Countries around Asia on Tuesday stepped up the search for an AirAsia plane carrying 162 people that is presumed to have crashed in shallow waters off the Indonesian coast, with Washington also sending a warship to help find the missing jet.
Soelistyo, head of Indonesia's search and rescue agency, told local television the search area between the islands of Sumatra and Borneo would be expanded. The air force said authorities would investigate an oil spill sighted on Monday.
Authorities would also begin scouring islands in the area as well as land on Indonesia's side of Borneo. So far the focus of the search has been the Java Sea.
The Airbus A320-200 operated by Indonesia AirAsia lost radar contact in poor weather on Sunday morning during a flight from the Indonesian city of Surabaya to Singapore. The plane could be at the bottom of the sea, Soelistyo said on Monday.
What happened to Flight QZ8501, which had sought permission from Indonesian air traffic control to ascend to avoid clouds, is still a mystery.
Online discussions among pilots have centered on unconfirmed secondary radar data from Malaysia that suggested the aircraft was climbing at a speed of 353 knots, about 100 knots too slow in poor weather, and that it might have stalled.
Around 30 ships and 21 aircraft from Indonesia, Australia, Malaysia, Singapore and South Korea would search around 10,000 square nautical miles on Tuesday, officials said.
They said the sea there was only 50 to 100 (150 to 300 feet) meters deep, which would be a help in finding the plane, which was carrying mainly Indonesians.
The US military said the USS Sampson, a guided missile destroyer, would be on the scene later on Tuesday.
The US Defense Department said assistance to Indonesia "could include some air, surface and sub-surface detection capabilities."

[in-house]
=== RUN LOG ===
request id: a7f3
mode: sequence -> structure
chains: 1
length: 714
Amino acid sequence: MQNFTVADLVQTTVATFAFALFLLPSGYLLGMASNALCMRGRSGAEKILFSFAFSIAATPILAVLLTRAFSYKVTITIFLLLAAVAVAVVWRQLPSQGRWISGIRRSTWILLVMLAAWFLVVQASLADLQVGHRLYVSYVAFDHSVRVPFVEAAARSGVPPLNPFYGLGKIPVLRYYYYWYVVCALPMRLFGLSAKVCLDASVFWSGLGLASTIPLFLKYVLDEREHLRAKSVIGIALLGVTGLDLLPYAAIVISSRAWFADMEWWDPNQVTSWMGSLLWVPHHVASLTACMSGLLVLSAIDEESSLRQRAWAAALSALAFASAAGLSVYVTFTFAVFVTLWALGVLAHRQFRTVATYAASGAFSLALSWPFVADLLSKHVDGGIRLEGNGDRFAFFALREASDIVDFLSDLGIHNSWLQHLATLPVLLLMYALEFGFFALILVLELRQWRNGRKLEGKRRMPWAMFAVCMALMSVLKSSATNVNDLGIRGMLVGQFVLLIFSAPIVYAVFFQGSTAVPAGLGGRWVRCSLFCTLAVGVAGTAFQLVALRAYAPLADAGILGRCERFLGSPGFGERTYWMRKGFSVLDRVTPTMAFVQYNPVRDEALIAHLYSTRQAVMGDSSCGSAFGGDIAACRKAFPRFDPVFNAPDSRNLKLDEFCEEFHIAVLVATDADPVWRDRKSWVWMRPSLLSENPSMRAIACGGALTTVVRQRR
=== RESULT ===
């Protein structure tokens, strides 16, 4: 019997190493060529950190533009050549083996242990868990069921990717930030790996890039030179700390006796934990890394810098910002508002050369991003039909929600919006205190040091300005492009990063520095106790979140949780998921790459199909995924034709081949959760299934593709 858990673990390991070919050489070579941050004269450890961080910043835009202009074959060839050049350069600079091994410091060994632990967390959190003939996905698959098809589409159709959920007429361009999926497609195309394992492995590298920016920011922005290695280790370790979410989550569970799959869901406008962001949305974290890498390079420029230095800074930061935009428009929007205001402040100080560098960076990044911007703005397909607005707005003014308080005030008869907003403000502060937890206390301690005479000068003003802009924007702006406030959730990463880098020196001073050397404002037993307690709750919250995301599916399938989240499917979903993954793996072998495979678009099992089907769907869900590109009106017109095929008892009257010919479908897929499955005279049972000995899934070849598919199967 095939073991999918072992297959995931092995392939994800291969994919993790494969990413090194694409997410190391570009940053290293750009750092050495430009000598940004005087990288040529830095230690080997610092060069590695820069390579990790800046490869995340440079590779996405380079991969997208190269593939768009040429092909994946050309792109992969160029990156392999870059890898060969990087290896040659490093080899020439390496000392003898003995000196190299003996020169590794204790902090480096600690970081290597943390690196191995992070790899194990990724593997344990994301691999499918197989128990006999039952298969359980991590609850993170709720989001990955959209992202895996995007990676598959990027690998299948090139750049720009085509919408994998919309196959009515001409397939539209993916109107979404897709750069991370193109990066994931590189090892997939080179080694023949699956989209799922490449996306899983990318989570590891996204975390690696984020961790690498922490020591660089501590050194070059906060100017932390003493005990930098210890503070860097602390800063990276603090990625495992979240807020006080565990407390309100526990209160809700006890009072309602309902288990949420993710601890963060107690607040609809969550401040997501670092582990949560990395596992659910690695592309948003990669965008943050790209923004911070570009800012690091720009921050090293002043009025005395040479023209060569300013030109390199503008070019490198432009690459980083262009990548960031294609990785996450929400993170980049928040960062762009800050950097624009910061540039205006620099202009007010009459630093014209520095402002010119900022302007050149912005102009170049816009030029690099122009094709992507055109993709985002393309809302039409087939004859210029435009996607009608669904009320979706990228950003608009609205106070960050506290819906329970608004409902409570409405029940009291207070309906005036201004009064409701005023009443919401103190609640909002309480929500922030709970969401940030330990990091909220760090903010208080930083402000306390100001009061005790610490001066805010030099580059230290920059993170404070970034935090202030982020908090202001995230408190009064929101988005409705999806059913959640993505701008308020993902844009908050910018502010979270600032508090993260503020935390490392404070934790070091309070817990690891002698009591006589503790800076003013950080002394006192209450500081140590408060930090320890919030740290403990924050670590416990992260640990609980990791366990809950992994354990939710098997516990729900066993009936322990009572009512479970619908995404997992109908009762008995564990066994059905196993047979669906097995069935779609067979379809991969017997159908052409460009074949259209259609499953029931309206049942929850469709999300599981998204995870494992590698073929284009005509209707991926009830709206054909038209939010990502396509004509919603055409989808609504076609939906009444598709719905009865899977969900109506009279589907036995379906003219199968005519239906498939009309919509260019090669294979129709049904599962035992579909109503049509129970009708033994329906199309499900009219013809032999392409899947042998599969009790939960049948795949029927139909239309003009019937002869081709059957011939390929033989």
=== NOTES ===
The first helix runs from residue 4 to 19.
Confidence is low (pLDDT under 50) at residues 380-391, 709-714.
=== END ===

"We stand ready to assist in any way possible," Pentagon spokesman Mark Wright said.
China's Defense Ministry said it had sent a warship to the South China Sea and planes "have begun preparatory work" for search operations.
There have been no confirmed signs of wreckage so far.
Officials said one of the possible oil slicks seen on Monday turned out to be a reef and that while searchers had picked up an emergency locator signal off the south of Borneo no subsequent signal was found.
The plane, whose engines were made by CFM International, co-owned by General Electric and Safran of France, lacked real-time engine diagnostics or monitoring, a GE spokesman said. Such systems are mainly used on long-haul flights and can provide clues to airlines and investigators when things go wrong.
The plane's disappearance comes at a sensitive time for Jakarta's aviation authorities, as they strive to improve the country's safety reputation to match its status as one of the airline industry's fastest growing markets.
It also appears to be a third air disaster involving a Malaysian-affiliated carrier in less than a year, further denting confidence in that country's aviation industry and spooking air travelers across the region.
Indonesia AirAsia is 49 percent owned by Malaysia-based budget carrier AirAsia.
Malaysia Airlines Flight MH370 went missing on March 8 on a trip from Kuala Lumpur to Beijing with 239 passengers and crew and has not been found. On July 17, the same airline's Flight MH17 was shot down over Ukraine, killing all 298 people on board.